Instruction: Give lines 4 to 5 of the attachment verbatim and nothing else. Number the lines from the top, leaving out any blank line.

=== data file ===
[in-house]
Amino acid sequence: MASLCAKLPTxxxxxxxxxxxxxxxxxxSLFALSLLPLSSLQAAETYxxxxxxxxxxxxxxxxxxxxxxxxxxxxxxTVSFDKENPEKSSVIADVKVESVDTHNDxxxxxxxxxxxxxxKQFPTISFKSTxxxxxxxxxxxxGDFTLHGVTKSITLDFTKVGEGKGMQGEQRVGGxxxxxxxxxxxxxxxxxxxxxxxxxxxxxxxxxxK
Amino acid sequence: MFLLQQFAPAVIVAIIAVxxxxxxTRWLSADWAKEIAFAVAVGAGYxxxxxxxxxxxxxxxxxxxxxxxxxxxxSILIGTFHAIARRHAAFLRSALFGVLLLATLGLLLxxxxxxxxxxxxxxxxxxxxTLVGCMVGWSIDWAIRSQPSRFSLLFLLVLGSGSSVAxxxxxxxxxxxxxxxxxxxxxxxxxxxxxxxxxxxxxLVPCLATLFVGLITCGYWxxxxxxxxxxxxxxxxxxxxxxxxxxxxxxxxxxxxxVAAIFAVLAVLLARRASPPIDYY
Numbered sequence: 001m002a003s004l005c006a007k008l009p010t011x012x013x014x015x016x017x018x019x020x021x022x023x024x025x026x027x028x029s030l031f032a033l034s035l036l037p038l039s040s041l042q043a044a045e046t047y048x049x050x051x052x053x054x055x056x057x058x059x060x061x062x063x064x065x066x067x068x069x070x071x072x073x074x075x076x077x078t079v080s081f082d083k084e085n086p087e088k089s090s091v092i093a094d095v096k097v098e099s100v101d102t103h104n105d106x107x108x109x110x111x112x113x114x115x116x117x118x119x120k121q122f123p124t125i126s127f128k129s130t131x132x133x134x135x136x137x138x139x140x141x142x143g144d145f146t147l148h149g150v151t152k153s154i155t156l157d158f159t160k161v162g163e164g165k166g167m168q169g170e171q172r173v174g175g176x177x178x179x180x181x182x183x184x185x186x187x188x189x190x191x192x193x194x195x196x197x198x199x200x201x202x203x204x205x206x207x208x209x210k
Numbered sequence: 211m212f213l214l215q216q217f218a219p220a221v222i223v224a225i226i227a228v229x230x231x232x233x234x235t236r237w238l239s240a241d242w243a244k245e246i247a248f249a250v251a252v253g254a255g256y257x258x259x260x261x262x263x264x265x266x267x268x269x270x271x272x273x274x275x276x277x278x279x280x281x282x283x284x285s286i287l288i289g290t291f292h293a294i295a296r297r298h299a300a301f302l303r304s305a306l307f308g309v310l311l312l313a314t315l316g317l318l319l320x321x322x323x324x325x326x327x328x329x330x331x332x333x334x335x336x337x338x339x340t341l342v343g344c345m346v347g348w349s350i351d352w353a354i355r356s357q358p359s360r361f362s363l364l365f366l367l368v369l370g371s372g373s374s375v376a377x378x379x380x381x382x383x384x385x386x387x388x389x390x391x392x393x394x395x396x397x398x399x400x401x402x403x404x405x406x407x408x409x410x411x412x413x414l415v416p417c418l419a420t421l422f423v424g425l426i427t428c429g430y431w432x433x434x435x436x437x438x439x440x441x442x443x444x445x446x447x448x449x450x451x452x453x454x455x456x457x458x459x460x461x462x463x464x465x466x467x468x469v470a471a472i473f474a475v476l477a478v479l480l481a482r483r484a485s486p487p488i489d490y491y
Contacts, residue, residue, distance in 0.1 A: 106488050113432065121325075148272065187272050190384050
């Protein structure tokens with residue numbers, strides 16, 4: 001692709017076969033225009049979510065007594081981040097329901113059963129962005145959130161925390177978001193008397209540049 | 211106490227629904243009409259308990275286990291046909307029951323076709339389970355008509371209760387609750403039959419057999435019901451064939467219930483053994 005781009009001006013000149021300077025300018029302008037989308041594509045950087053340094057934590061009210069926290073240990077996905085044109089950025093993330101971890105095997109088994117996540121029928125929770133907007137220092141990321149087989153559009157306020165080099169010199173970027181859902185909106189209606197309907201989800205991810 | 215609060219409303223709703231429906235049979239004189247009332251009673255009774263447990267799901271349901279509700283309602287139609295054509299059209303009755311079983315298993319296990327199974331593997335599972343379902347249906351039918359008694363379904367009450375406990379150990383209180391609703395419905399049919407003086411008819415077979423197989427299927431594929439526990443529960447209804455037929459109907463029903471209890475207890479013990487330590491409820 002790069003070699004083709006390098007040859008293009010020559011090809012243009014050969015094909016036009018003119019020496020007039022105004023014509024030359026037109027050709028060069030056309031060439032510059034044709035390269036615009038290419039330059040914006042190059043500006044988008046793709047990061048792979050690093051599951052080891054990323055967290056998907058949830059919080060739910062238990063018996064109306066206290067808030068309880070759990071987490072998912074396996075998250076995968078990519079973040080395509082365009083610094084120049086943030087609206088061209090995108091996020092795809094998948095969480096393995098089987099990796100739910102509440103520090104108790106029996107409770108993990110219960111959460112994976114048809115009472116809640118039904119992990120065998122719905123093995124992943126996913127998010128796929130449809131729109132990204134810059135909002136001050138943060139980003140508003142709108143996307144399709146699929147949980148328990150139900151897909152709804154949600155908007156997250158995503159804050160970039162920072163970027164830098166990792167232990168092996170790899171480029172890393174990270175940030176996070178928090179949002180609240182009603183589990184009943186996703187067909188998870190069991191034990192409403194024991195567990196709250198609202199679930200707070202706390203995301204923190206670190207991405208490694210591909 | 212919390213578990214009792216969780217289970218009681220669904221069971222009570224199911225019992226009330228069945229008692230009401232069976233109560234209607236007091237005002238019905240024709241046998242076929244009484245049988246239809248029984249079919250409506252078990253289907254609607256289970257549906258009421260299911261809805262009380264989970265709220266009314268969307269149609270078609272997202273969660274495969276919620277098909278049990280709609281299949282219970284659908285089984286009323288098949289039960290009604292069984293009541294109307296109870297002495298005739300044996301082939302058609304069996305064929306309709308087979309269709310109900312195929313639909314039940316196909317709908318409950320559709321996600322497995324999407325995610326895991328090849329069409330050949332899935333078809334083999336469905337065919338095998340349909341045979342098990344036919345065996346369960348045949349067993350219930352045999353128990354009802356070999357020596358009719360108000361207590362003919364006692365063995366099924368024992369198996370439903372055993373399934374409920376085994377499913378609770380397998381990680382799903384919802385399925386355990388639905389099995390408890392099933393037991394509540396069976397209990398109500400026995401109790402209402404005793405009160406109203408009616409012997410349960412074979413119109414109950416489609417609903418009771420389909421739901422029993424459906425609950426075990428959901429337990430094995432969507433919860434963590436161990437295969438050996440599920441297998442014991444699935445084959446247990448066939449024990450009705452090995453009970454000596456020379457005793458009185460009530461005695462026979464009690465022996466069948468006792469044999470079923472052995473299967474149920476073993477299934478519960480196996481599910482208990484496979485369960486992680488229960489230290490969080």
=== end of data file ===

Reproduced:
Numbered sequence: 001m002a003s004l005c006a007k008l009p010t011x012x013x014x015x016x017x018x019x020x021x022x023x024x025x026x027x028x029s030l031f032a033l034s035l036l037p038l039s040s041l042q043a044a045e046t047y048x049x050x051x052x053x054x055x056x057x058x059x060x061x062x063x064x065x066x067x068x069x070x071x072x073x074x075x076x077x078t079v080s081f082d083k084e085n086p087e088k089s090s091v092i093a094d095v096k097v098e099s100v101d102t103h104n105d106x107x108x109x110x111x112x113x114x115x116x117x118x119x120k121q122f123p124t125i126s127f128k129s130t131x132x133x134x135x136x137x138x139x140x141x142x143g144d145f146t147l148h149g150v151t152k153s154i155t156l157d158f159t160k161v162g163e164g165k166g167m168q169g170e171q172r173v174g175g176x177x178x179x180x181x182x183x184x185x186x187x188x189x190x191x192x193x194x195x196x197x198x199x200x201x202x203x204x205x206x207x208x209x210k
Numbered sequence: 211m212f213l214l215q216q217f218a219p220a221v222i223v224a225i226i227a228v229x230x231x232x233x234x235t236r237w238l239s240a241d242w243a244k245e246i247a248f249a250v251a252v253g254a255g256y257x258x259x260x261x262x263x264x265x266x267x268x269x270x271x272x273x274x275x276x277x278x279x280x281x282x283x284x285s286i287l288i289g290t291f292h293a294i295a296r297r298h299a300a301f302l303r304s305a306l307f308g309v310l311l312l313a314t315l316g317l318l319l320x321x322x323x324x325x326x327x328x329x330x331x332x333x334x335x336x337x338x339x340t341l342v343g344c345m346v347g348w349s350i351d352w353a354i355r356s357q358p359s360r361f362s363l364l365f366l367l368v369l370g371s372g373s374s375v376a377x378x379x380x381x382x383x384x385x386x387x388x389x390x391x392x393x394x395x396x397x398x399x400x401x402x403x404x405x406x407x408x409x410x411x412x413x414l415v416p417c418l419a420t421l422f423v424g425l426i427t428c429g430y431w432x433x434x435x436x437x438x439x440x441x442x443x444x445x446x447x448x449x450x451x452x453x454x455x456x457x458x459x460x461x462x463x464x465x466x467x468x469v470a471a472i473f474a475v476l477a478v479l480l481a482r483r484a485s486p487p488i489d490y491y